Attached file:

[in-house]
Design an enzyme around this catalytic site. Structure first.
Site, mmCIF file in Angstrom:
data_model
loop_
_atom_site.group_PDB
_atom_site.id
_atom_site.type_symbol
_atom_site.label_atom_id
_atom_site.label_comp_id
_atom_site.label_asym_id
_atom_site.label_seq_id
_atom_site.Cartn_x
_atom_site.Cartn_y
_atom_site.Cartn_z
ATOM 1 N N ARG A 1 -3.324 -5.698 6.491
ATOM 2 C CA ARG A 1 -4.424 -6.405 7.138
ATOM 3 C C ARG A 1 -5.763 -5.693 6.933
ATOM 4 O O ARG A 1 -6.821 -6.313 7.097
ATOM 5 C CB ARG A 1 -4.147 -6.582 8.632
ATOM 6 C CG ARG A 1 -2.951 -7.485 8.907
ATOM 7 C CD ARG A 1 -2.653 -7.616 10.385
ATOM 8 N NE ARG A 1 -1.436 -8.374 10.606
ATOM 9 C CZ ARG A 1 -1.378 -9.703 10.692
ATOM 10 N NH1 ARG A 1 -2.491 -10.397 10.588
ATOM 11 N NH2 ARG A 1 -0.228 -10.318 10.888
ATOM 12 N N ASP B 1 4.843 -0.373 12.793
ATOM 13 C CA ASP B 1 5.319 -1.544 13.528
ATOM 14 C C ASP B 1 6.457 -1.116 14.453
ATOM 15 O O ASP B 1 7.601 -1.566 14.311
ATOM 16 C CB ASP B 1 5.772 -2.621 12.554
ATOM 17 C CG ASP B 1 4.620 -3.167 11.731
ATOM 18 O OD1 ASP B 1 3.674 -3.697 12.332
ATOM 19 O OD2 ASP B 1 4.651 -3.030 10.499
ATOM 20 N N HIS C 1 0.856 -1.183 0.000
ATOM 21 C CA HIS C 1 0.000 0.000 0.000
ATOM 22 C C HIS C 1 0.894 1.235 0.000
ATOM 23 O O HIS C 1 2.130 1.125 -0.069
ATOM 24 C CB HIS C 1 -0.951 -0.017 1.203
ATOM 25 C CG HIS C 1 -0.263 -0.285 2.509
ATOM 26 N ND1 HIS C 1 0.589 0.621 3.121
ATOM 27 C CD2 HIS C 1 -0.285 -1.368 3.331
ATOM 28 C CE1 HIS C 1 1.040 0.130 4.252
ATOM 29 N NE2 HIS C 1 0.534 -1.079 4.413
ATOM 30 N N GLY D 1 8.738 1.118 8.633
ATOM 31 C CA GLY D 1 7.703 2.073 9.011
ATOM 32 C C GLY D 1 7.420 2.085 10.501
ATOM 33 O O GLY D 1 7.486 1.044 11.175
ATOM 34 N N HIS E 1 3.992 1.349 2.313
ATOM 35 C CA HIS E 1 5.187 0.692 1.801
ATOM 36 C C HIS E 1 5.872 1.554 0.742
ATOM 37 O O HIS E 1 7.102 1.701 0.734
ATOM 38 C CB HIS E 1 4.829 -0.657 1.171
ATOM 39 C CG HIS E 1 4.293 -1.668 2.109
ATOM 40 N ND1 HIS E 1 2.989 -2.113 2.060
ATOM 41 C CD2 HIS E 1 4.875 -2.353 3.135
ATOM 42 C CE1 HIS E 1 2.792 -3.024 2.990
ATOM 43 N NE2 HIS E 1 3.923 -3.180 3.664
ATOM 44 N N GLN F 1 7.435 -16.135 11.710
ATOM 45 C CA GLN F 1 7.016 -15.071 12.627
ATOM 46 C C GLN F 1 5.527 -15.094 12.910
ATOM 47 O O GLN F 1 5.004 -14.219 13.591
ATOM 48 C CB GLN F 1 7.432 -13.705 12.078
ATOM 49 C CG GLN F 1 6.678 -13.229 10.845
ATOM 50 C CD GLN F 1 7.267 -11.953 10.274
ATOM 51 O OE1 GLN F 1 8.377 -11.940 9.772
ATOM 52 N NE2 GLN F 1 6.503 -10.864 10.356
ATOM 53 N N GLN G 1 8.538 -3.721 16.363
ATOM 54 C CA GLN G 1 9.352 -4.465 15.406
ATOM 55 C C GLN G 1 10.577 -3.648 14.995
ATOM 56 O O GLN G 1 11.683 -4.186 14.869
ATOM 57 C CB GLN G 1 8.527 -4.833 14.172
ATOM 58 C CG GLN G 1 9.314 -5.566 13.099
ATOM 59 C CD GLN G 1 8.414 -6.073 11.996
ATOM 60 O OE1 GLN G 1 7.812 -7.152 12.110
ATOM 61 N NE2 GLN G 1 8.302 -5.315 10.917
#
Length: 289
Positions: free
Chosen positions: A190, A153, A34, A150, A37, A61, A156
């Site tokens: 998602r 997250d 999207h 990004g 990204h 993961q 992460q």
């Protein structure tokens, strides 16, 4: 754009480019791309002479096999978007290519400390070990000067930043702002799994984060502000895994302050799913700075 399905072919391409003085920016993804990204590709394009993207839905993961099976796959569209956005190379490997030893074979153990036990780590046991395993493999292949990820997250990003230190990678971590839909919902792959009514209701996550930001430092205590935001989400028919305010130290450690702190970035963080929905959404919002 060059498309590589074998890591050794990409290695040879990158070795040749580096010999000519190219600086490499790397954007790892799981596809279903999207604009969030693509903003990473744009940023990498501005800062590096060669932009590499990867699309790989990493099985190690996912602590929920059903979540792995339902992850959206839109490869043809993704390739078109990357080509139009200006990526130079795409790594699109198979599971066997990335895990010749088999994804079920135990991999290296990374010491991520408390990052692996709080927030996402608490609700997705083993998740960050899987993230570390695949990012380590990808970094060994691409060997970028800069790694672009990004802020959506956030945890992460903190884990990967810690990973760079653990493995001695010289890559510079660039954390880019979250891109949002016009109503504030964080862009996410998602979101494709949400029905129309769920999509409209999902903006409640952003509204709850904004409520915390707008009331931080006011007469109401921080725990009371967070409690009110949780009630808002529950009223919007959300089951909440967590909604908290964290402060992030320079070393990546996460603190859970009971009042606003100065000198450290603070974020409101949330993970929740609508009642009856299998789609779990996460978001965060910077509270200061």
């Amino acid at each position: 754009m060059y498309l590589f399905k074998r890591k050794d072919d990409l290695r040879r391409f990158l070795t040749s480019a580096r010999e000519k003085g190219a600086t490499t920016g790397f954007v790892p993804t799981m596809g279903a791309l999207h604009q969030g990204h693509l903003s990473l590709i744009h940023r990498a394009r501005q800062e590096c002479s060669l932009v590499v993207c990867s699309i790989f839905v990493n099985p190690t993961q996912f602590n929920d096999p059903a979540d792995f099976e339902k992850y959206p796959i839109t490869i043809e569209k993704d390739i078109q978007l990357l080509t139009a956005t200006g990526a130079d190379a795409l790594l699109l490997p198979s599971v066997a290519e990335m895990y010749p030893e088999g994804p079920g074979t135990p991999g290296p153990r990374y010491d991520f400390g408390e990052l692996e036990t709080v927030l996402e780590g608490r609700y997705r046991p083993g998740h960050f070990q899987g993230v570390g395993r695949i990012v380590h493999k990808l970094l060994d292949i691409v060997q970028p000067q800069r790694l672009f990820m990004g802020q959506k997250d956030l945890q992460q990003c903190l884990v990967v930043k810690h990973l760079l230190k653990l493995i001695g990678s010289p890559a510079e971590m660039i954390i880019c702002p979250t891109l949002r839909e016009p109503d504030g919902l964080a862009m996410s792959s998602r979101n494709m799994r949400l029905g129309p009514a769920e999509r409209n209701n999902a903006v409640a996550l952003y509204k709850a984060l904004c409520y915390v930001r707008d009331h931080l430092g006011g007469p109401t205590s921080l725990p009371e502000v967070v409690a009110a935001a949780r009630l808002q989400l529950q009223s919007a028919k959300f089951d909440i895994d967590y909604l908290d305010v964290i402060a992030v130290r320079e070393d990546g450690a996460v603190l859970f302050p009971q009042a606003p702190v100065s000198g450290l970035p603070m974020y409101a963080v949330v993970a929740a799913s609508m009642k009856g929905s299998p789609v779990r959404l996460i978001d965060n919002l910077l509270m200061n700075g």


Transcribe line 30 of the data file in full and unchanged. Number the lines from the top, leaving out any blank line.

ATOM 15 O O ASP B 1 7.601 -1.566 14.311